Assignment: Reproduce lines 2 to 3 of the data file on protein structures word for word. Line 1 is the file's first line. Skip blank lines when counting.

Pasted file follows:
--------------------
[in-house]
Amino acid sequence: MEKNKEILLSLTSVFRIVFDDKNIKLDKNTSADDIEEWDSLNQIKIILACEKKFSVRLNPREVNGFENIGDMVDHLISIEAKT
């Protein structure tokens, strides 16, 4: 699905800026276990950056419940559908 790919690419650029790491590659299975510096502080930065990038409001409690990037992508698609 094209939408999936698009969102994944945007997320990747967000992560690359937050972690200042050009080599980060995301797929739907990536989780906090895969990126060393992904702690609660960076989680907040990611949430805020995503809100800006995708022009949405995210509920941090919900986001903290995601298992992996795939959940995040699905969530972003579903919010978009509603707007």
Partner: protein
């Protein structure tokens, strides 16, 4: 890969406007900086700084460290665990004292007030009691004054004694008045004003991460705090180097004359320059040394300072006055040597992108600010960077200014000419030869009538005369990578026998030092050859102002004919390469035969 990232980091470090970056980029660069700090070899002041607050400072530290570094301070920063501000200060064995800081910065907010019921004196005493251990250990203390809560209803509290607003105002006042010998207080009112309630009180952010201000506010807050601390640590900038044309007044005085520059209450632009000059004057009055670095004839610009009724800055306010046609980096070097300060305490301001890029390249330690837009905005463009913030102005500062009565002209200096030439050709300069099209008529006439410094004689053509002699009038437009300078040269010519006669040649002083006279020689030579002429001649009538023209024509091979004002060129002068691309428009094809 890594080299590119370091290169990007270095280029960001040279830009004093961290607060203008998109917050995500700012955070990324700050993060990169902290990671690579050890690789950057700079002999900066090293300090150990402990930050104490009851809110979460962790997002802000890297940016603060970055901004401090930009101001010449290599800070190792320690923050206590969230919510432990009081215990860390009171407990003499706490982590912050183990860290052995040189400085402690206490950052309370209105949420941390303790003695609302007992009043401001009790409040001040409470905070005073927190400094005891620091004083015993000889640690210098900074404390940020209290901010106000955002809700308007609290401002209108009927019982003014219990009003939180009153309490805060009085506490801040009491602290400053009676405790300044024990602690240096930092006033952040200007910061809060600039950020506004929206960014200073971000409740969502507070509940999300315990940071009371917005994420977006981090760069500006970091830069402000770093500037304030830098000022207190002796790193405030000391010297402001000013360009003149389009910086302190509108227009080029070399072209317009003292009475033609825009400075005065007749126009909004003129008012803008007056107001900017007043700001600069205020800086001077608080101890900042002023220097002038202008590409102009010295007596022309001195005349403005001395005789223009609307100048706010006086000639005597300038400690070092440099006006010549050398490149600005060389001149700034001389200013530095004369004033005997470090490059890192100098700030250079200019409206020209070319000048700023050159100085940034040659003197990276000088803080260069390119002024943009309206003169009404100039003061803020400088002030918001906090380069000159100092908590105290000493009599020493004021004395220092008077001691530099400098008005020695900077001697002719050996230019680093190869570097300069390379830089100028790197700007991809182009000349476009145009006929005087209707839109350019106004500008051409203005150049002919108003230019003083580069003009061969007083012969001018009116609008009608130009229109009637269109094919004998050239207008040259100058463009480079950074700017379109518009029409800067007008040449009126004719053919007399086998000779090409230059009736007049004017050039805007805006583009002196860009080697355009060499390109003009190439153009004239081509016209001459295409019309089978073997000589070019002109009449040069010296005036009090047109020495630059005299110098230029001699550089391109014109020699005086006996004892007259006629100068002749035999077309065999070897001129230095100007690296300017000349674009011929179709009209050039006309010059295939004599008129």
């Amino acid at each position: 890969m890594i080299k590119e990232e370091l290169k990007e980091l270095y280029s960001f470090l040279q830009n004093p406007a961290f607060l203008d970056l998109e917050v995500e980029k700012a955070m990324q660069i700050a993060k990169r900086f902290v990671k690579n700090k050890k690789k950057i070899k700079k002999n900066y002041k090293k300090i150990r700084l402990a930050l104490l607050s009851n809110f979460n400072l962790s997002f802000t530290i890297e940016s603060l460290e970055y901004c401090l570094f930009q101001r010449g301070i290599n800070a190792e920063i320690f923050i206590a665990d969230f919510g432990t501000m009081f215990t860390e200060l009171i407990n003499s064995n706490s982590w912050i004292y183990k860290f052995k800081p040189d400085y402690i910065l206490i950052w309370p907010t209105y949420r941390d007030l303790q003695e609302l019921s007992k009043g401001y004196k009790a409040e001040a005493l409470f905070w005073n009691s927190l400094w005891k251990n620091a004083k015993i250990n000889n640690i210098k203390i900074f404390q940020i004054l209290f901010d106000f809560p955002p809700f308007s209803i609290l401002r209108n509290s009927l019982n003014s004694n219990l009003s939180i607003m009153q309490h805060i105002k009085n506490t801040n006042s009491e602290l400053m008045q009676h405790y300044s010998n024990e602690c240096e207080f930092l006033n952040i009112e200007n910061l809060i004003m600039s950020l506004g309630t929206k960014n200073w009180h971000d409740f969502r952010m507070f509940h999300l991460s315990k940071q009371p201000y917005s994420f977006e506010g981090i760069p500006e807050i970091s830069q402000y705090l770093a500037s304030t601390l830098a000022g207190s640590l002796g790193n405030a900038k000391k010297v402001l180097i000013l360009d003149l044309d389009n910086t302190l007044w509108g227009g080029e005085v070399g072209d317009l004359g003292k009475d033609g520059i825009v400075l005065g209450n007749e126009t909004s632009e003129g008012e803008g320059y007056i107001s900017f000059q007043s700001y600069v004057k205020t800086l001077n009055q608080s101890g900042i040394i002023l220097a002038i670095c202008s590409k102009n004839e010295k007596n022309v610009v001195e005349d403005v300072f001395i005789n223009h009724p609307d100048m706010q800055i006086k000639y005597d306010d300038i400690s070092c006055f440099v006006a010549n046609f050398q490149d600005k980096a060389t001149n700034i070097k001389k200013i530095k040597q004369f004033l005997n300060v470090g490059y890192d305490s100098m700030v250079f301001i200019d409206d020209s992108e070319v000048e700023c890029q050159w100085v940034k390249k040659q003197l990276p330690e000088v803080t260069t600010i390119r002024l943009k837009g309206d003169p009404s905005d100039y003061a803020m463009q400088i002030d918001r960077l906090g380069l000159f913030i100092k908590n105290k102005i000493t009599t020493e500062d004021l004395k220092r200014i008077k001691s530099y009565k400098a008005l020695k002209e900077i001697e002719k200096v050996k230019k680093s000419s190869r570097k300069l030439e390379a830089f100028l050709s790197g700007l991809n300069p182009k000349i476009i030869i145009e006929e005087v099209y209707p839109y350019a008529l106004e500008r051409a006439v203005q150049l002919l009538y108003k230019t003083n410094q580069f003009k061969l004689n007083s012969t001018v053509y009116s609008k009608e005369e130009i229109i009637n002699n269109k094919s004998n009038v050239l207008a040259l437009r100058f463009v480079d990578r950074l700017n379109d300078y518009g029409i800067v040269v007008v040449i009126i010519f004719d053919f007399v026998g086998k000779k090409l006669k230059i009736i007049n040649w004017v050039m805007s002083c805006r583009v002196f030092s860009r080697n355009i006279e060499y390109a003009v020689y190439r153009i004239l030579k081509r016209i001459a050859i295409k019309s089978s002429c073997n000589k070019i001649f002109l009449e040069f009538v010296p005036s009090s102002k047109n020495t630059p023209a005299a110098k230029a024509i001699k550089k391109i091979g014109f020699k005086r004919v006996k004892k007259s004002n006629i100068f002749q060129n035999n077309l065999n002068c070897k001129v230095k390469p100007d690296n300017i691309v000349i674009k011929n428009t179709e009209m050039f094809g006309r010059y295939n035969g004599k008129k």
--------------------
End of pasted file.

Amino acid sequence: MEKNKEILLSLTSVFRIVFDDKNIKLDKNTSADDIEEWDSLNQIKIILACEKKFSVRLNPREVNGFENIGDMVDHLISIEAKT
């Protein structure tokens, strides 16, 4: 699905800026276990950056419940559908 790919690419650029790491590659299975510096502080930065990038409001409690990037992508698609 094209939408999936698009969102994944945007997320990747967000992560690359937050972690200042050009080599980060995301797929739907990536989780906090895969990126060393992904702690609660960076989680907040990611949430805020995503809100800006995708022009949405995210509920941090919900986001903290995601298992992996795939959940995040699905969530972003579903919010978009509603707007």